Students await Zuma’s verdict on tertiary fees
President Jacob Zuma’s delay in releasing the Heher commission report on the feasibility of free higher education has left tertiary students worried that institutions could increase fees next year.
Student activist groups told City Press this week that they were running out of time as the 2017 academic year was nearing completion.
The ANC-aligned SA Student Congress (Sasco) has written to Zuma to request a meeting next week.
Sasco secretary-general Tembani Makata said the presidency had not contacted them since receiving the report.
“Almost everyone is waiting. But we do not expect a deviation from the pronouncement made by the ANC at its lekgotla,” he said, referring to the party’s toplevel lekgotla, held at the end of July, in which it was decided that, from next year, fully subsidised grants should be provided to academically qualifying poor students.
These were defined as students from families who earned a gross annual income of R150 000 or less. It was also decided that students who came from households earning between R150 000 and R600 000 a year should be subsidised through a combination of grants and loans.
“We are not in a position to allow the exclusion of students on the basis of funding,” said Makata, reiterating Sasco’s concern that no discussions had been held regarding fee increases for next year.
Tomorrow marks the third week since the report, headed by Judge Jonathan Heher, was handed to the president. Zuma had promised to study its recommendations and make the report available to the public in due course.
The so-called fees commission, set up in January last year, was given a time frame to complete the report within eight months. However, the deadline was extended to July this year.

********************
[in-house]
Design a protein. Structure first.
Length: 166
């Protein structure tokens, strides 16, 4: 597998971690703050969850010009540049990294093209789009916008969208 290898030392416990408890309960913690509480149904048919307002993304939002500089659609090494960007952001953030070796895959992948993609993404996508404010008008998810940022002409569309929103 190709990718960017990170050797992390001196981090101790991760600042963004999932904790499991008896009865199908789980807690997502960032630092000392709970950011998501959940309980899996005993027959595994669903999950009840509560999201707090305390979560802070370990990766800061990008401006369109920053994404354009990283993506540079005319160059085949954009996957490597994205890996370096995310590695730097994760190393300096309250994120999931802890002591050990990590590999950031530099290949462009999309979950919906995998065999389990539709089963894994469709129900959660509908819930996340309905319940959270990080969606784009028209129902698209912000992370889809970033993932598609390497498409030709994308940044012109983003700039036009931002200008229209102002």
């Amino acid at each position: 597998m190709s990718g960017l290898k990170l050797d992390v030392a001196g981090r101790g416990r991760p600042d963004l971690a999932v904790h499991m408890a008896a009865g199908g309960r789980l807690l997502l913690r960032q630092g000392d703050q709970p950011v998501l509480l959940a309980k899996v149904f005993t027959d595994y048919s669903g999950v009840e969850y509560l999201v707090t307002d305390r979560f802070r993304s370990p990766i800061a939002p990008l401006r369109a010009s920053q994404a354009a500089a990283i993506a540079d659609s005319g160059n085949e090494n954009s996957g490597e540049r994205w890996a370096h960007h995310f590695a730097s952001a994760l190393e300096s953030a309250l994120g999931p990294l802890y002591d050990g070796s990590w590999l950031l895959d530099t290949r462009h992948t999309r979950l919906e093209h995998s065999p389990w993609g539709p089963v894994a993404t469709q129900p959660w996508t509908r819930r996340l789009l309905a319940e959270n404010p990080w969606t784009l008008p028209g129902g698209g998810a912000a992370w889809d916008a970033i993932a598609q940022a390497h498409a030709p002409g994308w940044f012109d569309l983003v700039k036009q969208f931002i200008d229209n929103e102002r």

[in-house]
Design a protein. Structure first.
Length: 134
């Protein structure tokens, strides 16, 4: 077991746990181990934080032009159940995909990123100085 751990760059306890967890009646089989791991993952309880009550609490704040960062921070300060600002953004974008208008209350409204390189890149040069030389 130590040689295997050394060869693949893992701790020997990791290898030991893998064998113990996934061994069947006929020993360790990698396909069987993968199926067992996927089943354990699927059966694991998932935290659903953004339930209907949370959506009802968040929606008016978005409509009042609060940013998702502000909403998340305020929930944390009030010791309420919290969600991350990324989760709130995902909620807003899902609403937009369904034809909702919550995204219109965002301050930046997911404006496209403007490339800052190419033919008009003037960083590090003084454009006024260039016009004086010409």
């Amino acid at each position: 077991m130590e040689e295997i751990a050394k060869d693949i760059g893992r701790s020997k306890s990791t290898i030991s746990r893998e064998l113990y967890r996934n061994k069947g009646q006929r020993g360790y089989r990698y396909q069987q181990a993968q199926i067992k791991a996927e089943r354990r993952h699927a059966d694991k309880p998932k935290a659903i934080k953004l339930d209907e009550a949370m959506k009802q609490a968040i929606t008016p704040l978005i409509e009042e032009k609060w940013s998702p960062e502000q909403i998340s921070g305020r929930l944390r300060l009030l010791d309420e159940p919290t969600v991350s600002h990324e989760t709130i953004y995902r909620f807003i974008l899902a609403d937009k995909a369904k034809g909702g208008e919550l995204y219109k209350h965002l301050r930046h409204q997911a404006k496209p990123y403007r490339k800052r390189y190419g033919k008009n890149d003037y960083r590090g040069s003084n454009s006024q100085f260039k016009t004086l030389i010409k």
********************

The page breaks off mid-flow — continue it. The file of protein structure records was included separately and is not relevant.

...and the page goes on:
Rendani Nematswerani, deputy secretary-general of the Economic Freedom Fighters’ (EFF) student command, said they were also in the dark, but did not expect Zuma to announce that there would be free higher education.
“He should have done that by now,” he said, adding that he suspected an announcement would probably be made by presidential hopeful Dr Nkosazana Dlamini-Zuma, whose candidacy Zuma supported and who was recently appointed as an MP.
Nematswerani echoed speculation on social-media networks that Dlamini-Zuma was likely to replace Higher Education and Training Minister Blade Nzimande, who is also general secretary of the SA Communist Party, which has repeatedly spoken out against state capture under Zuma’s leadership.
The EFF leader said his party had planned a programme of action with student groups that shared their views if an announcement about free higher education in 2018 was made.
“We will continue to wait for Zuma. We do not want to be seen as hooligans and as disruptive,” he said.
Piwe Mpahlwa, president of the Pan Africanist Student Movement of Azania, said they expected the commission’s report to reflect issues raised by students.
Madikwe Mabotha, spokesperson for the department of higher education and training, said he did not know if Zuma and Nzimande had discussed the matter, but added that Cabinet would decide, possibly by next month, if there would be increases next year.
Mabotha refused to comment on whether Nzimande would be reshuffled or not.
Avela Mjajubana, president of the SA Union of Students, said they were also waiting for Zuma.
Attempts by City Press to get comment from the presidency and #FeesMustFall proved fruitless.
Yusuf Cassim, leader of the DA Student Organisation, said the commission was a delay tactic by Zuma.
“This ... report must be released to the public.
If its recommendations are good for students, they must be implemented by the ANC government,” he said.